As four artists took the stage for the first ever Urban Showcase on Saturday, one thing quickly became clear: These are not your average Belmont songwriters.
Weston performs at Urban Showcase 2019 (Belmont Vision/Colby Crosby)
The performers displayed a broad range of musical influences, with everything from pop to hip-hop to R&B, and each encapsulated the “urban” genre in a unique way.
Chloé Hogan walked away as the competition’s winner — getting the chance to follow up her incredible performance with an encore at Best of the Best 2020 — but each musician showed major talent and got the audience excited and on its feet.
First to take the stage was freshman Matt Ryan, the youngest artist of the night. Leading off with an original called “Torture,” Ryan and his band opened with a slow but grooving beat. The energy built throughout the first song, which was packed with synth melodies and jazzy riffs. Ryan delivered a strong performance which showcased the talents of his band and the artist’s own unique style, fusing electronic hip-hop, jazz and R&B.
Matt Ryan performs at Urban Showcase 2019 (Belmont Vision/Colby Crosby)
Next came Weston, who brought the most hip-hop-heavy sound to the stage. Weston rapped confidently through two original songs, all the while alternating between bouncing around the stage and jamming out on keys. Though Weston’s vocals clearly dominated the performance, his band took it to the next level, enjoying themselves with the apparent ease of seasoned performers. Weston fittingly closed his performance with “Small Worlds” by Mac Miller, before jumping offstage to let his band finish the set.
After some technical difficulties — and a goofy trumpet instrumental to pass the time — Hogan filled the Curb Event Center with her incredible, soulful vocals. Decked in a sparkly jumpsuit, Hogan displayed a full range of emotion in just three songs — with the lighthearted “Lips Like Cherry Wine,” a powerful anthem about mental health and a touching tribute to love.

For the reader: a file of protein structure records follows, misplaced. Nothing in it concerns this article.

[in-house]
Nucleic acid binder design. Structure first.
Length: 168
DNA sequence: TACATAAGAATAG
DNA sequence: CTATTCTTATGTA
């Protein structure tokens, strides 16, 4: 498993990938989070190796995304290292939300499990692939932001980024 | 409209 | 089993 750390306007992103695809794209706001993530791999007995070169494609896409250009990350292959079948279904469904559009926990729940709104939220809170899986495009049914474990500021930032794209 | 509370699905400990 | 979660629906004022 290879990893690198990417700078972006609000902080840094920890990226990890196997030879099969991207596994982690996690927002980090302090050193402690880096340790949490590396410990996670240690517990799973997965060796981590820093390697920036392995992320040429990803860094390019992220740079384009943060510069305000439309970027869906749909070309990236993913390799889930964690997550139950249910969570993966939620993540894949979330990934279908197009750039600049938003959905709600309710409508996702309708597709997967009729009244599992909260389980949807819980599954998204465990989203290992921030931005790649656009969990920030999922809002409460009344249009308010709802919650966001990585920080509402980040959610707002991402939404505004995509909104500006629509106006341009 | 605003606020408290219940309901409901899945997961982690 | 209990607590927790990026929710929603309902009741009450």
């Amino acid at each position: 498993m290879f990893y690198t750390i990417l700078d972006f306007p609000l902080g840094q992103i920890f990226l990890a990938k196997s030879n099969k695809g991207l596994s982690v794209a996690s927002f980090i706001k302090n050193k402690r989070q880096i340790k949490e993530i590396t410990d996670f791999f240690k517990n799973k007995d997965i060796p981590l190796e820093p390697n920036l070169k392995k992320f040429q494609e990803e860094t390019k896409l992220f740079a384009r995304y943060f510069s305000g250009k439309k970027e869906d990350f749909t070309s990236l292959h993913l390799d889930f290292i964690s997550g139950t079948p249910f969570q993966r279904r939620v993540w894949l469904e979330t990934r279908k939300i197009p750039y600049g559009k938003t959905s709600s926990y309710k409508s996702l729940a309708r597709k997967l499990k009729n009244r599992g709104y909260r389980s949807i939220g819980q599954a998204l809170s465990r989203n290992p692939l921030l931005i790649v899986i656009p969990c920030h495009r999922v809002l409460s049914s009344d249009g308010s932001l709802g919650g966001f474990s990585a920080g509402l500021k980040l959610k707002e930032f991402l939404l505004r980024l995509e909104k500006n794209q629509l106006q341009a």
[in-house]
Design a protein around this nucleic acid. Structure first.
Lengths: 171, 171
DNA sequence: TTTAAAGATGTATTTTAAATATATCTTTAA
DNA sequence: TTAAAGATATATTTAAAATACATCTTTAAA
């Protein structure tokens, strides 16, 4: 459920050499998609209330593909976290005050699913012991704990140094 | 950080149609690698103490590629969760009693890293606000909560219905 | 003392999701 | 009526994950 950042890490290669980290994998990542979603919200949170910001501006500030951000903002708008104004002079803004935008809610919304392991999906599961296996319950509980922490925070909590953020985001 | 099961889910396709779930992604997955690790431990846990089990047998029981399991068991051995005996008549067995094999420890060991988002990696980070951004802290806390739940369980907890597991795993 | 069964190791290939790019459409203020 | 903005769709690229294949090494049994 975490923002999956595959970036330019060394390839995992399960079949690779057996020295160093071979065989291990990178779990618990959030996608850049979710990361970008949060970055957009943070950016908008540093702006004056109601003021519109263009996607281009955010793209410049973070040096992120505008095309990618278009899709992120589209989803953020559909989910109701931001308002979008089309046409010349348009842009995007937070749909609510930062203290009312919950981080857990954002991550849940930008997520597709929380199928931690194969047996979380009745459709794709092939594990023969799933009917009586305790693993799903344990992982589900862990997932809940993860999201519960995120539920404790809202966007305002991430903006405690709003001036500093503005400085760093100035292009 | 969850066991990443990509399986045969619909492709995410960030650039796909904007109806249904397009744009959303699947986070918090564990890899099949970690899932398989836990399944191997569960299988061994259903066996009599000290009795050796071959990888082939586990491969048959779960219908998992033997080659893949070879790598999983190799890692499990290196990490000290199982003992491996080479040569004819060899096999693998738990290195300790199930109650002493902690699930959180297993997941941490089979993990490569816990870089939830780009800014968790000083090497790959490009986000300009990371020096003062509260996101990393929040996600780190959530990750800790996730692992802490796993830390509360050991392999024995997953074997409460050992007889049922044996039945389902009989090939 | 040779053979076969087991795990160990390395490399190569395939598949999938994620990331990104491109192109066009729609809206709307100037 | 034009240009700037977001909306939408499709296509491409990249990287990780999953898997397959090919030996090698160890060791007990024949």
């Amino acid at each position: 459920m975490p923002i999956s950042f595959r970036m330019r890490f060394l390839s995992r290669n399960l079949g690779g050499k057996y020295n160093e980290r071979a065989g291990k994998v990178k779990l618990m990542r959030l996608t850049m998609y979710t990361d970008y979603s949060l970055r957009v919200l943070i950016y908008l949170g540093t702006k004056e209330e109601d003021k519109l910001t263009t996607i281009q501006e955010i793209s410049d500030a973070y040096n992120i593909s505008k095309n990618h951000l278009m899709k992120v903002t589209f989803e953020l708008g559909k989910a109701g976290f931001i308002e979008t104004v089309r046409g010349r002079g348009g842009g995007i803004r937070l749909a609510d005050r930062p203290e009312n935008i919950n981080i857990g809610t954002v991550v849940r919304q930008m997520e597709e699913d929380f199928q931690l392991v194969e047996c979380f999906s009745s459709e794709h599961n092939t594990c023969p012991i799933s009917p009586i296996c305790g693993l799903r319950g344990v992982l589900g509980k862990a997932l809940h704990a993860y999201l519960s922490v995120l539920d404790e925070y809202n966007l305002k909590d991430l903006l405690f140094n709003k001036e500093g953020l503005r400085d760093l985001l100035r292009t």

Hogan’s crisp vocals, regal stage presence and beautiful songwriting abilities paired perfectly with the effortless grooves of her band and background vocalists. She pulled off an altogether unforgettable set worthy of a showcase win.
Leah Colon performs at Urban Showcase 2019 (Belmont Vision/Colby Crosby)
Last but certainly not least came Leah Colon, who opened with a smooth but sassy R&B/pop blend, complete with snaps, beautiful background vocals and effortlessly fun stage presence. Her second song, called “Change” built into an energetic political anthem and then flowed gently into a verse of Louis Armstrong’s “What a Wonderful World.” Colon closed out the night with a fun cover of Stevie Wonder’s “Don’t You Worry ‘Bout a Thing,” dancing with her background vocalists and clearly having a blast.
On top of the impressive talent displayed by each of the four artists, the sheer diversity of music played Saturday night made this showcase one to remember.
This article written by Bronte Lebo and Grace Usleman. Photos by Colby Crosby.